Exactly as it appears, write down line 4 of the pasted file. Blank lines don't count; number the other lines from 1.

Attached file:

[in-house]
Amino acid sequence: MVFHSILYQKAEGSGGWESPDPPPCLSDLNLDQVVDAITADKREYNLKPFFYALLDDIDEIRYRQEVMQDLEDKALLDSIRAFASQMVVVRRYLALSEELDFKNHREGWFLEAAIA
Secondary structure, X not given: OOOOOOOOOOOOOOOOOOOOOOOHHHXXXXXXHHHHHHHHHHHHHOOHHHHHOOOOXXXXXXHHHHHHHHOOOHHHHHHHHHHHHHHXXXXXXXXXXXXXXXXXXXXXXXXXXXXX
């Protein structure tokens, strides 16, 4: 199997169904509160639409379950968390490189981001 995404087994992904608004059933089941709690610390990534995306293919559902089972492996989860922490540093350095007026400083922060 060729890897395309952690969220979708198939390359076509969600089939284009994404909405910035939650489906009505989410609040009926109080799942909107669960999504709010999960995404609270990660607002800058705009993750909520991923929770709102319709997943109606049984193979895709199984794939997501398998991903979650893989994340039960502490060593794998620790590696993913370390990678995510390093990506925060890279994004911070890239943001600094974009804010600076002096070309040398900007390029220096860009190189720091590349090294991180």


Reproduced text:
């Protein structure tokens, strides 16, 4: 199997169904509160639409379950968390490189981001 995404087994992904608004059933089941709690610390990534995306293919559902089972492996989860922490540093350095007026400083922060 060729890897395309952690969220979708198939390359076509969600089939284009994404909405910035939650489906009505989410609040009926109080799942909107669960999504709010999960995404609270990660607002800058705009993750909520991923929770709102319709997943109606049984193979895709199984794939997501398998991903979650893989994340039960502490060593794998620790590696993913370390990678995510390093990506925060890279994004911070890239943001600094974009804010600076002096070309040398900007390029220096860009190189720091590349090294991180």